Common Sense Questions on the Clean Air Act
Conn Carroll /
Tomorrow the House Select Committee on Energy Independence and Global warming will hold a hearing to discuss the Bush administration’s response to the Supreme Court’s Massachusetts v. EPA decision. The Court’s 5-4 decision held that the Clean Air Act’s (CAA) broad definition of “air pollutant” gave the EPA the authority to regulate greenhouse gas emissions. However, the decision did not order the EPA to regulate greenhouse gas emissions. Justice Stevens wrote: “We need not and do not reach the question whether on remand EPA must make an endangerment finding, or whether policy concerns can inform EPA’s actions in the event that it makes such a finding. We hold only that EPA must ground its reasons for action or inaction in the statute.”
Despite this clear holding, many activists believe the decision requires the EPA to begin regulating greenhouse gas emissions and Thursday’s House hearing is a venue for them to make their case. It is also a great opportunity for conservatives to demonstrate how far reaching an EPA determination that greenhouse gas emissions merit an endangerment finding under the CAA would be.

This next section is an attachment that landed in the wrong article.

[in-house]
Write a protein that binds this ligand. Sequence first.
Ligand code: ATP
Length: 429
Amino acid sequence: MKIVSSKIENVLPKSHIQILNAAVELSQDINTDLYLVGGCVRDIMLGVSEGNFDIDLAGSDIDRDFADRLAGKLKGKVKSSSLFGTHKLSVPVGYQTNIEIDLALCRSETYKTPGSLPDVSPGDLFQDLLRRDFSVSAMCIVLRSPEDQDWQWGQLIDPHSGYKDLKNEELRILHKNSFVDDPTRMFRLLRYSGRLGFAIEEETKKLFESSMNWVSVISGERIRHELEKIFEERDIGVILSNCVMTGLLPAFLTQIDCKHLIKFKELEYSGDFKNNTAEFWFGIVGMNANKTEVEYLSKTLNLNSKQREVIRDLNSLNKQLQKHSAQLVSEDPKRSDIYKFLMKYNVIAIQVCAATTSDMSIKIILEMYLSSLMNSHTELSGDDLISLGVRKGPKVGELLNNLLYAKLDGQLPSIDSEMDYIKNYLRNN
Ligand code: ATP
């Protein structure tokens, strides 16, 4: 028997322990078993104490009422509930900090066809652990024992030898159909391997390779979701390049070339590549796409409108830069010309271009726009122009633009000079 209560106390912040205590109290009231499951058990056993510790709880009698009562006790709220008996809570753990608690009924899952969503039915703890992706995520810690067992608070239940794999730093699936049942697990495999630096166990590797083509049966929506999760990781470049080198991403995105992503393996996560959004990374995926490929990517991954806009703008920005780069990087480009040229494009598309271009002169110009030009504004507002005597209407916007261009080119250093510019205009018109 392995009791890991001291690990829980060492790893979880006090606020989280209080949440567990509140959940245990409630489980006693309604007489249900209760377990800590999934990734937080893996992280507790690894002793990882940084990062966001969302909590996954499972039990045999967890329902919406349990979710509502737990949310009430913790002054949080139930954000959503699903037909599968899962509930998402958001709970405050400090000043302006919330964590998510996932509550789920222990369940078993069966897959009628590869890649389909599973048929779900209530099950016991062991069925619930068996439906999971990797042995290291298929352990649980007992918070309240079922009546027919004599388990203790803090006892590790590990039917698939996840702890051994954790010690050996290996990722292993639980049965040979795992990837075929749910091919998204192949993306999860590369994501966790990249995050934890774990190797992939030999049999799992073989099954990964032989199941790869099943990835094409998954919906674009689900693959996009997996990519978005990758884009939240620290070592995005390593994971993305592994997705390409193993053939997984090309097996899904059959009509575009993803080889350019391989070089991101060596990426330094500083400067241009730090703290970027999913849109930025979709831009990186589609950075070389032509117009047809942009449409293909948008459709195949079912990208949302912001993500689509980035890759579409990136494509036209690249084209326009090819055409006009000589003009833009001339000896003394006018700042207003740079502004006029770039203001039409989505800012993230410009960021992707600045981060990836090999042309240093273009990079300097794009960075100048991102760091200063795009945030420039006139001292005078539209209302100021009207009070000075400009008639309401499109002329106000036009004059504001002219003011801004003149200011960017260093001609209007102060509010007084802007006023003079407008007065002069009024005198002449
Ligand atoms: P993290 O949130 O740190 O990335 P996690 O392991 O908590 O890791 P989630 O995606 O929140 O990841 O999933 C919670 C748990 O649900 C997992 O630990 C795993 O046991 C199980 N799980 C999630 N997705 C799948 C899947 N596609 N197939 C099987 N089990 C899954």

The plaintiffs in Massachusetts v. EPA purport to seek only regulation of new motor vehicles under Section 202 of the CAA. But making such a finding would trigger requirements under other sections of the CAA which would force the EPA to issue regulations that could cripple the economy.
Specifically, an endangerment finding on motor vehicle CO2 emissions would force the EPA to act under the Prevention of Significant Deterioration (PSD) and National Ambient Air Quality Standards (NAAQS) programs. PSD normally only applies to large business and polluters, but because CO2 is so ubiquitous, even small entities would be forced to comply with the programs complex regulations. NAAQS ‘s requirements are even more scary since they force the EPA to adopt regulations that would reduce pollution to levels that protect health and welfare with “an adequate margin of safety.”
Considering that some new studies claim CO2 emissions would have to be eliminated entirely to prevent the ‘dangers’ of global warming, an endangerment finding for CO2 would require the EPA completely de-industrialize the United States. This consequence may sound absurd, but it is only as absurd as the argument the Congress intended to give this power to the EPA when they passed the CAA.
To help prevent future EPA actions along these lines, committee members should press the hearing’s second panel on whether or not they considered what far reaching regulations would be required if the EPA made an endangerment finding on CO2.